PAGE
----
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Assessment of neural activity in the specific brain area is critical for understanding the circuit mechanisms underlying altered brain function and behaviors. A number of immediate early genes (IEGs) that are rapidly transcribed in neuronal cells in response to synaptic activity have been used as markers for neuronal activity. However, protein detection of IEGs requires translation, and the amount of newly synthesized gene product is usually insufficient to detect using western blotting, limiting their utility in western blot analysis of brain tissues for comparison of basal activity between control and genetically modified animals. Here, we show that the phosphorylation status of eukaryotic elongation factor-2 (eEF2) rapidly changes in response to synaptic and neural activities. Intraperitoneal injections of the GABA A receptor (GABAAR) antagonist picrotoxin and the glycine receptor antagonist brucine rapidly dephosphorylated eEF2. Conversely, potentiation of GABAARs or inhibition of AMPA receptors (AMPARs) induced rapid phosphorylation of eEF2 in both the hippocampus and forebrain of mice. Chemogenetic suppression of hippocampal principal neuron activity promoted eEF2 phosphorylation. Novel context exploration and acute restraint stress rapidly modified the phosphorylation status of hippocampal eEF2. Furthermore, the hippocampal eEF2 phosphorylation levels under basal conditions were reduced in mice exhibiting epilepsy and abnormally enhanced excitability in CA3 pyramidal neurons. Collectively, the results indicated that eEF2 phosphorylation status is sensitive to neural activity and the ratio of phosphorylated eEF2 to total eEF2 could be a molecular signature for estimating neural activity in a specific brain area.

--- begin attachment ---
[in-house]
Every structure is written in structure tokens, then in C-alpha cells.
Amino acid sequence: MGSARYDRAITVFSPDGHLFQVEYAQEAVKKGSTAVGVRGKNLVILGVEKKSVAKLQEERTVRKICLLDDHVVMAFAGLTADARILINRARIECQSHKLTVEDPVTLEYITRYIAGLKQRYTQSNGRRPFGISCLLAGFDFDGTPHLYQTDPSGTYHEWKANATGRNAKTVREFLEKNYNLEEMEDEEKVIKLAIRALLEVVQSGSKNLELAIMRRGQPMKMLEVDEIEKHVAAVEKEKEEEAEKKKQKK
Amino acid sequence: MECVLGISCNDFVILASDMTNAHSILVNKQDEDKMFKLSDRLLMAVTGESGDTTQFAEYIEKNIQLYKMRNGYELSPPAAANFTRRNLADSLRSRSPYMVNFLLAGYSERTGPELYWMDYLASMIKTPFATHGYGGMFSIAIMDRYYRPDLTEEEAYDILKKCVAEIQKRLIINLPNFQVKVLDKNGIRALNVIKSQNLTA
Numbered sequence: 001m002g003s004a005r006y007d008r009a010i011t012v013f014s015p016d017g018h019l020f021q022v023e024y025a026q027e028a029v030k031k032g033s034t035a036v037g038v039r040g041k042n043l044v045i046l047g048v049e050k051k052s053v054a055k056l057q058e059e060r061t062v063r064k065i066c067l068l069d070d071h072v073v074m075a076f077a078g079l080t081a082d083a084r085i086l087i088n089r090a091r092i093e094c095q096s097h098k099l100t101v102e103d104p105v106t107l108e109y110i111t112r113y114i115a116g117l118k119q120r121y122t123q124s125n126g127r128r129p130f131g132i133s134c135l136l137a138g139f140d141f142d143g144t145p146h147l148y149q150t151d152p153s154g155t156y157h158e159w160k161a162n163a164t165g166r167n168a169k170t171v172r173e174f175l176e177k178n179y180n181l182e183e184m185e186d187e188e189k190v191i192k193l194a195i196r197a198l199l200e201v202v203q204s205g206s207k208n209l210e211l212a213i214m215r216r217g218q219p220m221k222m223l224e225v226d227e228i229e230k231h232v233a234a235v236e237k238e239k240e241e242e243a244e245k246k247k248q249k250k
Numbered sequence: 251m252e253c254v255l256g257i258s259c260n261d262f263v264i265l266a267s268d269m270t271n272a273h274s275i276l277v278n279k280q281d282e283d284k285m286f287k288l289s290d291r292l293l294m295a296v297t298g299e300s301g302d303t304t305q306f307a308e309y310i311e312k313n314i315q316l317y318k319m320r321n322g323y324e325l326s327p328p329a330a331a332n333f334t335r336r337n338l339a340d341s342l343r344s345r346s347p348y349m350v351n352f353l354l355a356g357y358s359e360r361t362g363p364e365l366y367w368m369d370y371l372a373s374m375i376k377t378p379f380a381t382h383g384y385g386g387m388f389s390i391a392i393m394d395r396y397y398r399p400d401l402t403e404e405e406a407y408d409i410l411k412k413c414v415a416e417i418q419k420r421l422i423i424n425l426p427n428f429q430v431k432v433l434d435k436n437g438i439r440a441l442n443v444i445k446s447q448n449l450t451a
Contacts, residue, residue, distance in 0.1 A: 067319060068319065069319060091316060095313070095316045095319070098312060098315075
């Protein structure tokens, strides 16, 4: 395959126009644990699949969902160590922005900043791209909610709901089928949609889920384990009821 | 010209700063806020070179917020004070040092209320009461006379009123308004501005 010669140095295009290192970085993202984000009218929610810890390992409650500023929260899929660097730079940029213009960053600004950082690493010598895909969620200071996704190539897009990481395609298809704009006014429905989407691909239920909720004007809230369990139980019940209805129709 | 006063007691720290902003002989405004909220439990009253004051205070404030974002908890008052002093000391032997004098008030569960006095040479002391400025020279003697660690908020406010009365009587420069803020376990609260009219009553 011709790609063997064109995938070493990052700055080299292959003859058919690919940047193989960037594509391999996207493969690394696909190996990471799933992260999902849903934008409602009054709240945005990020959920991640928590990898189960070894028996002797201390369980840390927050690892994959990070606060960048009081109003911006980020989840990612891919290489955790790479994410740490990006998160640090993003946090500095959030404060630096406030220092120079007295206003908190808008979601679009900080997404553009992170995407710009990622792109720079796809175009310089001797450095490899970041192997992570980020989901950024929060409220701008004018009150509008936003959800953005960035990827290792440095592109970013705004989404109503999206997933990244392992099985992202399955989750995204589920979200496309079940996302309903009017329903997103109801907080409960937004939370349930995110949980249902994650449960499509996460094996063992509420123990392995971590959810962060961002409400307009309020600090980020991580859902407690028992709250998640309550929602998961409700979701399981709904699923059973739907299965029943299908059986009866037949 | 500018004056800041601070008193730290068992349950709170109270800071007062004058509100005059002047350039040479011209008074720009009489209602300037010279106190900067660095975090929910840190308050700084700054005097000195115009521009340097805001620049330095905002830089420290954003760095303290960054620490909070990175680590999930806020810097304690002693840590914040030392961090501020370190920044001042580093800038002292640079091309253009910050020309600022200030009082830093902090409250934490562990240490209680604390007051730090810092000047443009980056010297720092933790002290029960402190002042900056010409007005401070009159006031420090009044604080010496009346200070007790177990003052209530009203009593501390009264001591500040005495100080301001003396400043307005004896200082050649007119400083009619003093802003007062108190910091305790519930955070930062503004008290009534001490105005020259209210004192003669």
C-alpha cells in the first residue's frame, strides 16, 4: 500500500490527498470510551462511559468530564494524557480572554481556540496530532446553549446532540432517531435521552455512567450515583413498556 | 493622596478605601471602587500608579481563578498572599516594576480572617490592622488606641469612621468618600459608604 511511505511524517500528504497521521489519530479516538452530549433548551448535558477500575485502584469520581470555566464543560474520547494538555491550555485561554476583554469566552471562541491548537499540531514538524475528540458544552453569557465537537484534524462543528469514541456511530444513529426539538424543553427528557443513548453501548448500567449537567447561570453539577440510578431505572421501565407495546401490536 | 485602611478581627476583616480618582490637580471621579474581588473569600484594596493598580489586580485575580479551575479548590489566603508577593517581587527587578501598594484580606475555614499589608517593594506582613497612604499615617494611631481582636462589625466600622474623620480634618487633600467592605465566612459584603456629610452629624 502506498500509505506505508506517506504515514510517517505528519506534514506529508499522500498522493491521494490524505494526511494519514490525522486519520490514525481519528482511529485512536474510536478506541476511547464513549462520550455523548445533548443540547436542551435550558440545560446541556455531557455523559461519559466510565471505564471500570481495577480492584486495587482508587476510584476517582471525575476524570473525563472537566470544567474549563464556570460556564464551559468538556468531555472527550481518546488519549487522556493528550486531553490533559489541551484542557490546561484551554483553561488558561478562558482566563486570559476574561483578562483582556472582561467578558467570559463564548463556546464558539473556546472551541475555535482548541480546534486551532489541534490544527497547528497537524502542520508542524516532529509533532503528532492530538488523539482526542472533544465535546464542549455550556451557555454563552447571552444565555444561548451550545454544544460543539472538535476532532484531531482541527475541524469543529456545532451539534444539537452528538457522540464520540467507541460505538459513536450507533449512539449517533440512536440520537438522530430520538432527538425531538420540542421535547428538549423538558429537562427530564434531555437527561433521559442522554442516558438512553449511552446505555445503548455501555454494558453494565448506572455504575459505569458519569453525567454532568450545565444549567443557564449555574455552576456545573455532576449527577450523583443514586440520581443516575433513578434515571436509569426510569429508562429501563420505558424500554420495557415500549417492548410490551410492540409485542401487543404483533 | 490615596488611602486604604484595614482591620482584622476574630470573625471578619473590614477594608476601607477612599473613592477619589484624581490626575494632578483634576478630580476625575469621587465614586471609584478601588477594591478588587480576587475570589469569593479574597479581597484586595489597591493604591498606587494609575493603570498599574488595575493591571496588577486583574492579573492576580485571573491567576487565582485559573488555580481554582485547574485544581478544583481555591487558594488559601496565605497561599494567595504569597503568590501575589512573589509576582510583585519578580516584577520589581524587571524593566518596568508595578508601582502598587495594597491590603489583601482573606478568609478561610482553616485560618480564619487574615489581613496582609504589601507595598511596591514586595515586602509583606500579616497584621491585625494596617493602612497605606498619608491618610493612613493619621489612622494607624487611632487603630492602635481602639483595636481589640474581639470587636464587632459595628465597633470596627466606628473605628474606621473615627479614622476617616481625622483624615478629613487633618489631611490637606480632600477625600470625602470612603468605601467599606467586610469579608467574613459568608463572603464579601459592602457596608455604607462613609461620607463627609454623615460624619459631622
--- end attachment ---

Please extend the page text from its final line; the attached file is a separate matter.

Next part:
Yoon, S. H., Song, W. S., Oh, S. P., Kim, Y. S., & Kim, M. H. (2021). The phosphorylation status of eukaryotic elongation factor-2 indicates neural activity in the brain. Molecular Brain, 14(1). https://doi.org/10.1186/s13041-021-00852-0